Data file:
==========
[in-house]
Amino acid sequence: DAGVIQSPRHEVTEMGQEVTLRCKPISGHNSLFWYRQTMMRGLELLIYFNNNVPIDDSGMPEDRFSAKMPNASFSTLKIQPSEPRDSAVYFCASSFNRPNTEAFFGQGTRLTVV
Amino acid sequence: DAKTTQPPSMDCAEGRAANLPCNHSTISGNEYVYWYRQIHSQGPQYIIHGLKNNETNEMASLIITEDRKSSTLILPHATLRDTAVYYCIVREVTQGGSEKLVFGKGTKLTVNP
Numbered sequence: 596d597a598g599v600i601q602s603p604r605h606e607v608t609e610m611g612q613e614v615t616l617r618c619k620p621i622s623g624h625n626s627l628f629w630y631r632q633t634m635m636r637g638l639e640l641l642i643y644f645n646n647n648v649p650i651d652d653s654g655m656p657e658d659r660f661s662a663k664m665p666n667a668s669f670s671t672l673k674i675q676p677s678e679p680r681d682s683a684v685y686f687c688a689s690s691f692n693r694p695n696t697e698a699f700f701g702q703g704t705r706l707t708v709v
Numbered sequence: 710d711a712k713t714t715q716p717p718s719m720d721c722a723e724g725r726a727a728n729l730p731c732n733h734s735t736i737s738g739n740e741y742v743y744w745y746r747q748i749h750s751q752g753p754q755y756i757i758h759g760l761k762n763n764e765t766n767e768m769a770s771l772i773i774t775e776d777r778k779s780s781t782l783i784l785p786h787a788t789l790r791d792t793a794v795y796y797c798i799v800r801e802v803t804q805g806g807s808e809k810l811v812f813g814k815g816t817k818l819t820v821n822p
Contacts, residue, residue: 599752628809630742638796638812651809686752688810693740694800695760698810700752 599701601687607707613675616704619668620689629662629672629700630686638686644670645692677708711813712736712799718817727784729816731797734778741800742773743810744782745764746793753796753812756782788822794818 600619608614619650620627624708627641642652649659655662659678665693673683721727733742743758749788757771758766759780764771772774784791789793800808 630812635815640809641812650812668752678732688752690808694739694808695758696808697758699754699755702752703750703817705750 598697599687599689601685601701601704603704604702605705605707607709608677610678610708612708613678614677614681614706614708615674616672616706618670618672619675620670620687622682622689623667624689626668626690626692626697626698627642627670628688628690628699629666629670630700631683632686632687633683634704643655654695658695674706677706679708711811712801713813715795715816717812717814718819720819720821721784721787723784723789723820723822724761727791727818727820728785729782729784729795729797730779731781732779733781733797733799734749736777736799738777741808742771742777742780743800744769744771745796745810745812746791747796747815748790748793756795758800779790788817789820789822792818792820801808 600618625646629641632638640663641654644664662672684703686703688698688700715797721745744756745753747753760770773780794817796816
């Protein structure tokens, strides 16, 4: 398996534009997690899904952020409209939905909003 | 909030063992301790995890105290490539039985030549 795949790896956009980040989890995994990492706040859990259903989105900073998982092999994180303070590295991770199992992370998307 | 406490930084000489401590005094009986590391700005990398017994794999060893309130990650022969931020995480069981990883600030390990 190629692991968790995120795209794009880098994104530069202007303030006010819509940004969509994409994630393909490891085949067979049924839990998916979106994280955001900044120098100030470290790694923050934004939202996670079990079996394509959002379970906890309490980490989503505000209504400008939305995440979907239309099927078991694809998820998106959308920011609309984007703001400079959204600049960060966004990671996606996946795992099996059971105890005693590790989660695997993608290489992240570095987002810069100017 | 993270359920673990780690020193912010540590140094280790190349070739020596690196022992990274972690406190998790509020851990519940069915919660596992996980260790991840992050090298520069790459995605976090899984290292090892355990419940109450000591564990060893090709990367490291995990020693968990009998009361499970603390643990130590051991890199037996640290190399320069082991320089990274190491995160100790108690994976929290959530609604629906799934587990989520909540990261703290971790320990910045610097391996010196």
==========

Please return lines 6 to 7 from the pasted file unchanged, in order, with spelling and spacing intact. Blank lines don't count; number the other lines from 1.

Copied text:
Contacts, residue, residue: 599752628809630742638796638812651809686752688810693740694800695760698810700752 599701601687607707613675616704619668620689629662629672629700630686638686644670645692677708711813712736712799718817727784729816731797734778741800742773743810744782745764746793753796753812756782788822794818 600619608614619650620627624708627641642652649659655662659678665693673683721727733742743758749788757771758766759780764771772774784791789793800808 630812635815640809641812650812668752678732688752690808694739694808695758696808697758699754699755702752703750703817705750 598697599687599689601685601701601704603704604702605705605707607709608677610678610708612708613678614677614681614706614708615674616672616706618670618672619675620670620687622682622689623667624689626668626690626692626697626698627642627670628688628690628699629666629670630700631683632686632687633683634704643655654695658695674706677706679708711811712801713813715795715816717812717814718819720819720821721784721787723784723789723820723822724761727791727818727820728785729782729784729795729797730779731781732779733781733797733799734749736777736799738777741808742771742777742780743800744769744771745796745810745812746791747796747815748790748793756795758800779790788817789820789822792818792820801808 600618625646629641632638640663641654644664662672684703686703688698688700715797721745744756745753747753760770773780794817796816
């Protein structure tokens, strides 16, 4: 398996534009997690899904952020409209939905909003 | 909030063992301790995890105290490539039985030549 795949790896956009980040989890995994990492706040859990259903989105900073998982092999994180303070590295991770199992992370998307 | 406490930084000489401590005094009986590391700005990398017994794999060893309130990650022969931020995480069981990883600030390990 190629692991968790995120795209794009880098994104530069202007303030006010819509940004969509994409994630393909490891085949067979049924839990998916979106994280955001900044120098100030470290790694923050934004939202996670079990079996394509959002379970906890309490980490989503505000209504400008939305995440979907239309099927078991694809998820998106959308920011609309984007703001400079959204600049960060966004990671996606996946795992099996059971105890005693590790989660695997993608290489992240570095987002810069100017 | 993270359920673990780690020193912010540590140094280790190349070739020596690196022992990274972690406190998790509020851990519940069915919660596992996980260790991840992050090298520069790459995605976090899984290292090892355990419940109450000591564990060893090709990367490291995990020693968990009998009361499970603390643990130590051991890199037996640290190399320069082991320089990274190491995160100790108690994976929290959530609604629906799934587990989520909540990261703290971790320990910045610097391996010196």